As new jurors head into London’s Old Bailey on Monday for the first time in two months, it might appear that the court system is beginning to return to normal after the pandemic.
Jury trials were halted in late March following concerns about the virus sweeping through courtrooms where jurors, defendants and lawyers are packed closely together for hours. The resumption of trials will be gradual.
London’s Old Bailey and Cardiff Crown Court are among the courts to resume business, having been reconfigured to ensure social distancing. Jurors and lawyers are spaced out across two or three video-linked courtrooms.
But criminal lawyers, who have been struggling financially during the lockdown, are under no illusion about the difficulties that lie ahead. Caroline Goodwin QC, chair of the Criminal Bar Association (CBA) told her members: “This process is in its infancy. For those of you who believe we are rushing back to trials please put that out of your minds. This will be a slow and cautious start.”
The mounting backlog in the criminal court system predates the pandemic. At the end of 2019 the backlog of total cases had reached 37,434 — compared with 33,113 a year earlier — and judges were struggling to fix trial dates.
This was blamed on a decision by the government in 2019 to cut crown court sitting days by 15 per cent for the year to April 2020 because its court analysts had predicted a fall in total cases. In fact they rose.
Last week Ian Burnett, the Lord Chief Justice of England and Wales, said the backlog was growing at around 1,000 cases a month and the limited numbers of new jury trials will have a “small impact”.
The government might be forced to consider more radical options such as smaller juries of seven or even judge-only trials, he told peers at the House of Lords Constitution Committee.
In February Robert Buckland, Lord Chancellor, added 850 extra court sitting days for the year ending April 2020 and promised a further 4,700 in 2020-2021.
Chris Philp, justice minister, told the justice select committee earlier this month that further sitting days might be added in September. “We want to get it down, coronavirus or not,” he said.
Criminal lawyers claim the justice system in England and Wales was already close to “breaking point” even before the pandemic because of austerity cuts, slashing the Ministry of Justice (MoJ) budget by 27 per cent. Declining fee rates for legal aid have sparked strike action by barristers twice in the past six years and 295 court buildings have been closed by the MoJ since 2010.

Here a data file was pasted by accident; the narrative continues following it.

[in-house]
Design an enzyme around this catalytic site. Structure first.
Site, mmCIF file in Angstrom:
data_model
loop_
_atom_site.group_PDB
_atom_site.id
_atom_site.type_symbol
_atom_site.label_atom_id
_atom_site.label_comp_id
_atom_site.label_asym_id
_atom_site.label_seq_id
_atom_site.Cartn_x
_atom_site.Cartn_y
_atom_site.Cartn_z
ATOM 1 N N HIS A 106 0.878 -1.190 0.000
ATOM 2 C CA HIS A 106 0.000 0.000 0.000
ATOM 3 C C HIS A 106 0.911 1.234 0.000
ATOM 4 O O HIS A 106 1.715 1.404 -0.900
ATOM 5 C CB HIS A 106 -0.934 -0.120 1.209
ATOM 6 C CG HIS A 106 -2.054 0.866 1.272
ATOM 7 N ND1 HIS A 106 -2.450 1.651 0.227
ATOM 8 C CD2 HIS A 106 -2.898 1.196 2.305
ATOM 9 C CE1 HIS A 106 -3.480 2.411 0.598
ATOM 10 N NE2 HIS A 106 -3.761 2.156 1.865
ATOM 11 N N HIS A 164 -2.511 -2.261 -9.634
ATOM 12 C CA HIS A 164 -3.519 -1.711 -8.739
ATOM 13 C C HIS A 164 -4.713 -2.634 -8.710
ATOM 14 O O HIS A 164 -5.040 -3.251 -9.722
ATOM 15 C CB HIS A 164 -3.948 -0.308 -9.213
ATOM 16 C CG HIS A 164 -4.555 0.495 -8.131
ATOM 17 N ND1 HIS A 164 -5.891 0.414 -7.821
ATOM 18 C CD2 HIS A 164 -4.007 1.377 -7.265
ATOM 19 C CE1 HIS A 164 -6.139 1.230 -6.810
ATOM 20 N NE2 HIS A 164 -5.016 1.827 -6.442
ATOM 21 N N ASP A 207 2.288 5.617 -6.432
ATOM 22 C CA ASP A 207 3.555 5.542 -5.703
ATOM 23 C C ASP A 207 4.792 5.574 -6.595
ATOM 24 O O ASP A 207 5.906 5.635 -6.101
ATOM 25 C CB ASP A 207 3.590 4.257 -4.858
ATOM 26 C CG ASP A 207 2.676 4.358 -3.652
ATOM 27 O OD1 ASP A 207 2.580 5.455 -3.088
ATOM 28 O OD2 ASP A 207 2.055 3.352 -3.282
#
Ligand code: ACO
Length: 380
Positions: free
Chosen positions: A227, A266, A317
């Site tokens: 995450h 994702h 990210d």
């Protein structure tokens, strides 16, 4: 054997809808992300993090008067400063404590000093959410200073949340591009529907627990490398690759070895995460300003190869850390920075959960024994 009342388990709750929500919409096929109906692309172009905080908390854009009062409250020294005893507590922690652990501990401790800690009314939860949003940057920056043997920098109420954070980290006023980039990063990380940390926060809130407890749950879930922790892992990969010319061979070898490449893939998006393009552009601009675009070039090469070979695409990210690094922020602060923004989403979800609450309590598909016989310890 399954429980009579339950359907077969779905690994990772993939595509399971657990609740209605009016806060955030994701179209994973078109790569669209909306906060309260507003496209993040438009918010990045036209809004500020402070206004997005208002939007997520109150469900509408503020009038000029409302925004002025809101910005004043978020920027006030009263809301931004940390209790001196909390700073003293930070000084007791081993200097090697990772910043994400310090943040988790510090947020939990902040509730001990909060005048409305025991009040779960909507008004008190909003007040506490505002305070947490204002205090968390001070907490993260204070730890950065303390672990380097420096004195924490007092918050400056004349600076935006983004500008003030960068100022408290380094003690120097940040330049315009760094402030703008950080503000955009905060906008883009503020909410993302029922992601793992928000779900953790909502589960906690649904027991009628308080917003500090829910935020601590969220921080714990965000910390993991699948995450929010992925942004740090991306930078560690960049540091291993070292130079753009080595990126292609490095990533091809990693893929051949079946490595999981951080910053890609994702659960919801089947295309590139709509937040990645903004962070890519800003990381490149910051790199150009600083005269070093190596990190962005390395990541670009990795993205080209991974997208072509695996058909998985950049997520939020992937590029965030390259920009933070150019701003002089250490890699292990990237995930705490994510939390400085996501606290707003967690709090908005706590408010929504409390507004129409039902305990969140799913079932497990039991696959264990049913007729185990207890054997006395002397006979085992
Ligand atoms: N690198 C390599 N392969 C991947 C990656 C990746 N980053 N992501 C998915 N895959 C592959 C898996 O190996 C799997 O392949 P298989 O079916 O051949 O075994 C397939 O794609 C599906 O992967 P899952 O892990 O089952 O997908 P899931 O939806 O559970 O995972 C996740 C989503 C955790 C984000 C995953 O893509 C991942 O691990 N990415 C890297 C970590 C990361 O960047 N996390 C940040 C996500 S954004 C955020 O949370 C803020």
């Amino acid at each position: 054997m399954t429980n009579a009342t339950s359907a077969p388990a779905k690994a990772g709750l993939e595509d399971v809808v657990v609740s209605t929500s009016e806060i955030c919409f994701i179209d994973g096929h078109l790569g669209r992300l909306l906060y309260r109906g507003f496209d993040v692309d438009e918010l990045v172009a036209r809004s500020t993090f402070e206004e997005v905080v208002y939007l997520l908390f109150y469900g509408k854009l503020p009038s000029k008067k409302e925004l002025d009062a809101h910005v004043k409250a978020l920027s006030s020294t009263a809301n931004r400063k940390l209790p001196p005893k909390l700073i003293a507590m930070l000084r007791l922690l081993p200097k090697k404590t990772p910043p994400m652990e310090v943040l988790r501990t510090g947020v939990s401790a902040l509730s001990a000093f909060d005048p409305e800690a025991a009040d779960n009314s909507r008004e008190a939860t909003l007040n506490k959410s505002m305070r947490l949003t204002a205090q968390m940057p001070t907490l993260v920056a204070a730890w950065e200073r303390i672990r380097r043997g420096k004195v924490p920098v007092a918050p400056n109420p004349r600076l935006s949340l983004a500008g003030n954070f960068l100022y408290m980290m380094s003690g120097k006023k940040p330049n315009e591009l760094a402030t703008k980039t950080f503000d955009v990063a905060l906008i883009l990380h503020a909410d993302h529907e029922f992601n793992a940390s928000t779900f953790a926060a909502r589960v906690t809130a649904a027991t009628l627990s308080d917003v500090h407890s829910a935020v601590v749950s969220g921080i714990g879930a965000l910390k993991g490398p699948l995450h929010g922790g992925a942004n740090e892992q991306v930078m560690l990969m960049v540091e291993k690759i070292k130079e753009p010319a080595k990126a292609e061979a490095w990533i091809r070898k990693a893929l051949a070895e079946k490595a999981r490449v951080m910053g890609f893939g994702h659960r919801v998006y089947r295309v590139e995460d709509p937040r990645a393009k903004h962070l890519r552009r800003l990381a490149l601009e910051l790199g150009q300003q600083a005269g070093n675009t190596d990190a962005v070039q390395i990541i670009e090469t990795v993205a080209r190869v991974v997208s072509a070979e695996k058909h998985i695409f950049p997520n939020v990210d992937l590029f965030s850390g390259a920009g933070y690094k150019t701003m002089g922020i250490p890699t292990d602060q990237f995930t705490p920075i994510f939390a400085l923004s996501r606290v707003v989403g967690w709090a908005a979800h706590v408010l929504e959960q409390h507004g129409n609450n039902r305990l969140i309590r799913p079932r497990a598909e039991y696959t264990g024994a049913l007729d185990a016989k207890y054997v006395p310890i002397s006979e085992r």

David Lammy, shadow justice secretary, is urging the government to co-opt empty school buildings and university lecture halls to use as temporary courts. “The backlog has grown as a result of the paralysing effect of the Covid-19 pandemic. But its root causes are ten years of austerity which hit the legal system as hard as any public service,” he said.
Coronavirus has created another concern: a lack of barristers and lawyers. The income of some self-employed barristers has dropped by 90 per cent since March, according to Kate Brunner QC, leader of the western circuit. “The pandemic has made everything worse. This trickle of trials in a few crown courts is not going to get us back to where we were,” she said.
A junior barrister who did not want to be named said: “Many of us at the junior end are really struggling. A lot of the work which we would normally do is now being picked up by more senior barristers.”
The Bar Council surveyed 3,500 barristers and found that 56 per cent could not survive another six months under current circumstances.
The backlog also has an impact on thousands of families of victims and witnesses waiting many months for justice to be done. According to the CBA it took three years on average from charge to completion for fraud and adult rape cases that did manage to conclude in the final quarter of 2019. “We cannot afford as a nation to keep victims of crime waiting any longer,” Caroline Goodwin QC says.